Page:A simplified grammar of the Danish language.djvu/53

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Adjectives. (Tillægsord.)

Adjectives must agree in number and gender, both with the noun which they qualify, and with that to which they stand in the relation of predicates; as, et lidet Hus, 'a little house;' Vejen var hende for lang, 'the way was too long for her;' de söde små Börn, 'the dear (sweet) little children!' Generalens Værelser vare ikke så store som mine, 'the General's rooms were not so large as mine.'

The plural adjectives , 'few,' mange, 'many,' alle, 'all,' admit of being used with a singular verb, and without the adjective-article; as, der kommer få Mand, 'a few men (man) are coming;' Klokken er mange, 'it is late, (the clock is many);' alle gang, 'every (all) time.'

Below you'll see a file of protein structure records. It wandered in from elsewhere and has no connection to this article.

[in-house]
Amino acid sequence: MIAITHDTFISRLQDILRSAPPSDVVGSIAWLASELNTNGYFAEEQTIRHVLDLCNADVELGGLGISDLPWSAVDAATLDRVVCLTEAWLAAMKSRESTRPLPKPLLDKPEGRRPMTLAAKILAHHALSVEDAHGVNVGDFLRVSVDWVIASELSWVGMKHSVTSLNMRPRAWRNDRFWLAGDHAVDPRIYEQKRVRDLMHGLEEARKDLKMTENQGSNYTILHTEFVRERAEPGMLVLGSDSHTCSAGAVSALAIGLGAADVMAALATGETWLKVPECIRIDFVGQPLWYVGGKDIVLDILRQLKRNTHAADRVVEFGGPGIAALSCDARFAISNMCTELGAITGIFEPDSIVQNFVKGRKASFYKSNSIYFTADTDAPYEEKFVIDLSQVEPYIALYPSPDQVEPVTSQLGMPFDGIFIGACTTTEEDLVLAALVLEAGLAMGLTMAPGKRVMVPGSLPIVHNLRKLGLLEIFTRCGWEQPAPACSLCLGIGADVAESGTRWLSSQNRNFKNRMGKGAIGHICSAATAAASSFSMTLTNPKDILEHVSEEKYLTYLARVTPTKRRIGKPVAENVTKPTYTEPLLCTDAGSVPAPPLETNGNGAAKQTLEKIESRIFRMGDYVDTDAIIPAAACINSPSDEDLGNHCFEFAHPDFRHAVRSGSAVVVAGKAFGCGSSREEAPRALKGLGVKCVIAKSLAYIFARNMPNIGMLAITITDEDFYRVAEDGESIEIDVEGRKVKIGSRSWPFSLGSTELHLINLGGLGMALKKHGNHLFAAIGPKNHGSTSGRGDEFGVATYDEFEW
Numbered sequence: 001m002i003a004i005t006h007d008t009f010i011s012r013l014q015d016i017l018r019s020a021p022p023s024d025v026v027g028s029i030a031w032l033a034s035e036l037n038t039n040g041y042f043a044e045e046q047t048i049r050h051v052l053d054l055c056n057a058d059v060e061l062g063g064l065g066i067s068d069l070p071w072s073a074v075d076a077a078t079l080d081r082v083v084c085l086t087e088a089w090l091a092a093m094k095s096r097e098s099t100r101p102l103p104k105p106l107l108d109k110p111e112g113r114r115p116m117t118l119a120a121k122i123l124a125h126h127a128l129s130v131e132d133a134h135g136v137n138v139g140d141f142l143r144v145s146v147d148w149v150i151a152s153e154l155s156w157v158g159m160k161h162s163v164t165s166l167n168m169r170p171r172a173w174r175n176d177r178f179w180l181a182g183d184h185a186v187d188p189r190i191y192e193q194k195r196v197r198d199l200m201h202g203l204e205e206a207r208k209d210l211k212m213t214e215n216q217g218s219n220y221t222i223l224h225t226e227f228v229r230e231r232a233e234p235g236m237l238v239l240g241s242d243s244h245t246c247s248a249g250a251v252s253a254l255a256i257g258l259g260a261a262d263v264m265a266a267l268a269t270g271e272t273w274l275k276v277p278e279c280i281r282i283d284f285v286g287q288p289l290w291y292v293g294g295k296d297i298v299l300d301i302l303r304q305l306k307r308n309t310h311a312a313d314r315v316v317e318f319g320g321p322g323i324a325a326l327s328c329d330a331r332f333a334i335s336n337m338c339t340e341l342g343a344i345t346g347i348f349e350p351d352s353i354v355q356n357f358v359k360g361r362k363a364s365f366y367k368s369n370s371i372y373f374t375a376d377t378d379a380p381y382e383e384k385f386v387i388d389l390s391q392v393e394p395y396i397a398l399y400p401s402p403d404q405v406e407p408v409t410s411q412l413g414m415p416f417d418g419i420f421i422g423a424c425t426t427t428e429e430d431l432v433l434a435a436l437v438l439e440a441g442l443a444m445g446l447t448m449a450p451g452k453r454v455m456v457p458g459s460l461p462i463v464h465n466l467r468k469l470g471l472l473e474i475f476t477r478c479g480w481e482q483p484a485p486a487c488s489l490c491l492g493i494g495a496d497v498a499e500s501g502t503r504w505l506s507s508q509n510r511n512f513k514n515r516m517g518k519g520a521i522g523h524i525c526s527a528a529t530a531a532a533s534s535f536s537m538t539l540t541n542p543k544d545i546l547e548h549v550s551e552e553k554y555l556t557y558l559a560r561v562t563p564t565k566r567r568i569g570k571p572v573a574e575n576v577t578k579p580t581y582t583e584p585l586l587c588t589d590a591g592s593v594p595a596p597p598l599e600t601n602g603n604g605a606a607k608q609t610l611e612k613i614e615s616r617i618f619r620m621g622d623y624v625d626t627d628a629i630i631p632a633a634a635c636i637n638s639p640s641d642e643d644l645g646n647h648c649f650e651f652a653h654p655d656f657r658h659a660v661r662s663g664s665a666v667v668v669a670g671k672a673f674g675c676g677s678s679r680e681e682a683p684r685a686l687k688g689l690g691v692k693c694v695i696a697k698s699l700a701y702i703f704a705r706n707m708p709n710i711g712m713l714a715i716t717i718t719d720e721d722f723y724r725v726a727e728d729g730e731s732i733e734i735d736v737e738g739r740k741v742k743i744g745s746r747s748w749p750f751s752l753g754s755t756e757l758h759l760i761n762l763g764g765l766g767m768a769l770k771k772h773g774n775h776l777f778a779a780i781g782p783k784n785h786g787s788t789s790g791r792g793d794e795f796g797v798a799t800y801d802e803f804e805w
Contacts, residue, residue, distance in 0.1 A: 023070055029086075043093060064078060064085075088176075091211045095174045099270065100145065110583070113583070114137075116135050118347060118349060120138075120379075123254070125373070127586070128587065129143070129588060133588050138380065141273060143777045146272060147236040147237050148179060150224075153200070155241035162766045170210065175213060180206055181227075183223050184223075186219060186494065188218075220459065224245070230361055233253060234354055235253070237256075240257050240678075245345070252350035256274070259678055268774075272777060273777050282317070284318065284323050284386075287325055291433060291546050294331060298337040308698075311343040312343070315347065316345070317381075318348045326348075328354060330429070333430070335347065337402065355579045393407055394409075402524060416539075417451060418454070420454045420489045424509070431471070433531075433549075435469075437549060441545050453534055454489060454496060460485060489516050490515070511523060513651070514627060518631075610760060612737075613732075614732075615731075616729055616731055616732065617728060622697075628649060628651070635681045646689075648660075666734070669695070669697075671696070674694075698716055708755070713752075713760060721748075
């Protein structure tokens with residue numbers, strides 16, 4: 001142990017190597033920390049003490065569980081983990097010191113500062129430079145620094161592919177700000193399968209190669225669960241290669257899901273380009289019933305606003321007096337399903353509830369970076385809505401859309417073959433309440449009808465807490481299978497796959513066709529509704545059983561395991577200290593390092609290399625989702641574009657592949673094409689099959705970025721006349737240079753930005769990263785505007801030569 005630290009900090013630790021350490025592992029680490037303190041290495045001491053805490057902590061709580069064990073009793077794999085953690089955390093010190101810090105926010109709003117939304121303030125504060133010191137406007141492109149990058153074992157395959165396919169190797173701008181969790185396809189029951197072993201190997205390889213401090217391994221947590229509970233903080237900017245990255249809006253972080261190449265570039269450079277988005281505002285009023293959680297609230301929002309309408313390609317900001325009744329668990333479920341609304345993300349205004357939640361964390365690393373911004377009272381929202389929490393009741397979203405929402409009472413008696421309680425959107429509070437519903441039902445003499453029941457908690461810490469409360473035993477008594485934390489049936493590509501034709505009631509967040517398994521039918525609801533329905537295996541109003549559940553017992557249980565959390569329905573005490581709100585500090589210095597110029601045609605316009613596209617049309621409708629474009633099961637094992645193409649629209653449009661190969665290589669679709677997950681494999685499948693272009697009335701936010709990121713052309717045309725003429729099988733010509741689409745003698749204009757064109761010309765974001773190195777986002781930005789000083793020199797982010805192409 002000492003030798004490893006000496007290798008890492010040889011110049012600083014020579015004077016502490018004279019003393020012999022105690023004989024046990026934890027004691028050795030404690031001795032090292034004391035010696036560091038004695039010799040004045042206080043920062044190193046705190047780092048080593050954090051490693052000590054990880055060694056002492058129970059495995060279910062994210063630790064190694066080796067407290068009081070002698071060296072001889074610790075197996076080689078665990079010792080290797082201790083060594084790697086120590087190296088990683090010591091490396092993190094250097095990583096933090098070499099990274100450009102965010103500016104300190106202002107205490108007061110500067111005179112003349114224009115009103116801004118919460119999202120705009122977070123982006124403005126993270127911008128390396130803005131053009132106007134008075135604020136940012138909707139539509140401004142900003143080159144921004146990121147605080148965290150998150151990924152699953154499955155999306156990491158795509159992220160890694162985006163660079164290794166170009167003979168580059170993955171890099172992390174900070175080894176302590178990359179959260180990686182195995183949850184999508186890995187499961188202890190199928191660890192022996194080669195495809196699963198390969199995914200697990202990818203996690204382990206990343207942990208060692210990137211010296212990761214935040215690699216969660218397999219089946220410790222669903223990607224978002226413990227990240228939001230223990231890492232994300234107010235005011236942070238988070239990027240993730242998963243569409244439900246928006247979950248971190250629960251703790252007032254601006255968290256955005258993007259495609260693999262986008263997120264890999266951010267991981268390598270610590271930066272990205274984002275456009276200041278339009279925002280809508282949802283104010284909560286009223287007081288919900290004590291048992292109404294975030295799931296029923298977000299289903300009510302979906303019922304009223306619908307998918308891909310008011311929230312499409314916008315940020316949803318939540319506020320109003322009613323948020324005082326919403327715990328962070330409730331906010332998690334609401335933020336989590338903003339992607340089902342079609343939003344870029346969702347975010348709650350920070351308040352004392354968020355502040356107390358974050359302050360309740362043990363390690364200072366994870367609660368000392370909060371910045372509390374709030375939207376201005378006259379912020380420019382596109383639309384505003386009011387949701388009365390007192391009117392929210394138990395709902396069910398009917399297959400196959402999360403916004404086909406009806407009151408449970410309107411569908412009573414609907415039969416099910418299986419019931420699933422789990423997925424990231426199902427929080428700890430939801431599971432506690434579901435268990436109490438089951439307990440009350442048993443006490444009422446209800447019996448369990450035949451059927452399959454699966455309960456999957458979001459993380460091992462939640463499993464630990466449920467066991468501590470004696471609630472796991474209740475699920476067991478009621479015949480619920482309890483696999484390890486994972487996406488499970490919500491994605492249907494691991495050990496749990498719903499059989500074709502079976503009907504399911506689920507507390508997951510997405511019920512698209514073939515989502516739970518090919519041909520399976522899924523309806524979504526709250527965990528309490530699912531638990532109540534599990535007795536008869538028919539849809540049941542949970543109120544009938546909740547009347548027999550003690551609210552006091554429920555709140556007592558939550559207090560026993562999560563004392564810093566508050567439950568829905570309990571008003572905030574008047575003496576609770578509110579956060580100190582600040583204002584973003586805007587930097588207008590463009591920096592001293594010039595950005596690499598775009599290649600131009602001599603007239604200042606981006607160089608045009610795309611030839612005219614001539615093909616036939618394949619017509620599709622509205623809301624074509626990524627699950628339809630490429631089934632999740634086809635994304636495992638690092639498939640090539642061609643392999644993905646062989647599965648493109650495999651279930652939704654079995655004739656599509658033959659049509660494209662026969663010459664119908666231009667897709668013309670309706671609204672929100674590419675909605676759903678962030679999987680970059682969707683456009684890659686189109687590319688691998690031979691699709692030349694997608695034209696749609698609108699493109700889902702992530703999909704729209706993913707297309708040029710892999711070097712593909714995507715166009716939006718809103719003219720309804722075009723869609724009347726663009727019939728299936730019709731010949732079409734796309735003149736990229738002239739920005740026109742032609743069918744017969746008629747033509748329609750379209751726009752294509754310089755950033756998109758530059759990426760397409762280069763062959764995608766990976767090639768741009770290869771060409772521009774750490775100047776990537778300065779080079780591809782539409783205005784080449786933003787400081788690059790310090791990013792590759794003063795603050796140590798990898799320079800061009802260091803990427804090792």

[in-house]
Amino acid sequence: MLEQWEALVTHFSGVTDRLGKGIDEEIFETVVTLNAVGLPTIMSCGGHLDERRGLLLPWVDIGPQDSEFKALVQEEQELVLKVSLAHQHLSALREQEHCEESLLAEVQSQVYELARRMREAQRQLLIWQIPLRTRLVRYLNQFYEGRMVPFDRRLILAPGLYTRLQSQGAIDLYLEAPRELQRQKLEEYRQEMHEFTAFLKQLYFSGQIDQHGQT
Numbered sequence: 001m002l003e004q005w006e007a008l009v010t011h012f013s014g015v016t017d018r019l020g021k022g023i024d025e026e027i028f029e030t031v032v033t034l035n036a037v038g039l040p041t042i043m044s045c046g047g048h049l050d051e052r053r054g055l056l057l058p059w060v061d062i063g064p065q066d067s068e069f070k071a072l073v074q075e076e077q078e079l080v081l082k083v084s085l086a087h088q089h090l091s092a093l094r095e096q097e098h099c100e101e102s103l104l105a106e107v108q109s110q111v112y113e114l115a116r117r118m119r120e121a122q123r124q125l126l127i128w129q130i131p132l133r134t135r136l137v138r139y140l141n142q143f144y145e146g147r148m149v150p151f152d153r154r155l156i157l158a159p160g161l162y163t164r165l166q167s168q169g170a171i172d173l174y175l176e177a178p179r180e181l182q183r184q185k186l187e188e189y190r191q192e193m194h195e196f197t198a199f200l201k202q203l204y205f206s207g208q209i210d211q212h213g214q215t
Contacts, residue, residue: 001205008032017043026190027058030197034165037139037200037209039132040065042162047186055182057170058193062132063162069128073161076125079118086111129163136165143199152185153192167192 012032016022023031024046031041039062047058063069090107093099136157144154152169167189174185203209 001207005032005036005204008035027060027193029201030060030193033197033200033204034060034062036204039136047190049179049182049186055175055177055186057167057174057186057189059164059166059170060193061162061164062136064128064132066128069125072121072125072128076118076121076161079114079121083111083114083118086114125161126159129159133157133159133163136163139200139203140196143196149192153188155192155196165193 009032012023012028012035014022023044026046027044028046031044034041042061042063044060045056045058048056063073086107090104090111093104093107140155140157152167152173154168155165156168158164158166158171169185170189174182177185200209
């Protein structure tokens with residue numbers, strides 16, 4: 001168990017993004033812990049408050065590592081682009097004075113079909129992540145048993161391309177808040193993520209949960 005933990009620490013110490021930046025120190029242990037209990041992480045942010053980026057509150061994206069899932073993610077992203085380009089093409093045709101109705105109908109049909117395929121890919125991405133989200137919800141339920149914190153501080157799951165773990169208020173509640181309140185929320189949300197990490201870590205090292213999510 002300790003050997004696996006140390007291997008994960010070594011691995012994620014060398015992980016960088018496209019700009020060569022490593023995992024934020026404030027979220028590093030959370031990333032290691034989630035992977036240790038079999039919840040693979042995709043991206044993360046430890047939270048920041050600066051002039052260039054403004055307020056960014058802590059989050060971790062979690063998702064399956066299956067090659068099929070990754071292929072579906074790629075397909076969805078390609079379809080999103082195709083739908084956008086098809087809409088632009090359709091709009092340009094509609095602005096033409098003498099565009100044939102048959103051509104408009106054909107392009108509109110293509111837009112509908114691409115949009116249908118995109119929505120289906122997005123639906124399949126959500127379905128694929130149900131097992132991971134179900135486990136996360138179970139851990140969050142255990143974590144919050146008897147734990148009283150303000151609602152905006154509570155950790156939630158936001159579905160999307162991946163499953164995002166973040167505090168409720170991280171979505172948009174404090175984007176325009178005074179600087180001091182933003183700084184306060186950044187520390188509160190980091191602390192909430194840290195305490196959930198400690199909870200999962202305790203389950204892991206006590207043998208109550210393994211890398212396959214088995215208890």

Al, alt (n.), 'all,' begge, 'both,' precede the noun directly, without the adjective-article, while they require the affix-article to be appended to the noun; as, al Verden, 'all the world;' alt Græsset, 'all the grass;' Begge Pigerne, 'both the girls.'

Hel, 'all,' 'whole,' may be used with either article; as, hele Huset, or det hele Hus, 'the whole house.'

Adjectives may be used as, and in the place of, nouns, the latter being understood; as, hun ælskede den Gode, 'she loved the good (man, person);' De Stolte, 'the proud! (people).'

Some adjectives, expressive of worth, or obligation, follow the objective noun, instead of standing near the subject-noun; as, Præsten er den Ære værdig, 'the clergyman is worthy of the honour;' Soldaten er Generalen intet skyldig, 'the soldier owes the General nothing.'